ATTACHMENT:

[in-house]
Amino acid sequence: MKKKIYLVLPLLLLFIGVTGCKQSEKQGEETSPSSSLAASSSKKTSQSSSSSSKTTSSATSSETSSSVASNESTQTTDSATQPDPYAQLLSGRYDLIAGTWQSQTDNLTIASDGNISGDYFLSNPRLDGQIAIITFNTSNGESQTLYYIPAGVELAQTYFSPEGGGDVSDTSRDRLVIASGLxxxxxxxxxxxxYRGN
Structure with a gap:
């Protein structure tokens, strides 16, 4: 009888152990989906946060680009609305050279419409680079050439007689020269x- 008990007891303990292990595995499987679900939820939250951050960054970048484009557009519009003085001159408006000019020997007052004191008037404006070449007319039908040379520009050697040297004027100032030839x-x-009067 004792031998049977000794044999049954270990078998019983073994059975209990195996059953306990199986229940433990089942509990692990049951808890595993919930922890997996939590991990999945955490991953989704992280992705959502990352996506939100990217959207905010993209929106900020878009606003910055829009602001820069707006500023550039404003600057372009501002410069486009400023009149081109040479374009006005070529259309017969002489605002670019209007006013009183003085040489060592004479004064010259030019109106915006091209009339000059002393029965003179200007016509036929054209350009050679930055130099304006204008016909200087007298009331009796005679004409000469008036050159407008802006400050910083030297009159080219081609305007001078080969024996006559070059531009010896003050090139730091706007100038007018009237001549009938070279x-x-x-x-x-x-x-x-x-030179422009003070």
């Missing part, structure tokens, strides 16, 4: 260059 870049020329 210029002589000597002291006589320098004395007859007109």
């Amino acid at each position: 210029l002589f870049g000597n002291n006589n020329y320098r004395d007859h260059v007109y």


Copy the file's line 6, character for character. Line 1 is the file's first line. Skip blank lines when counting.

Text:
């Amino acid at each position: 210029l002589f870049g000597n002291n006589n020329y320098r004395d007859h260059v007109y």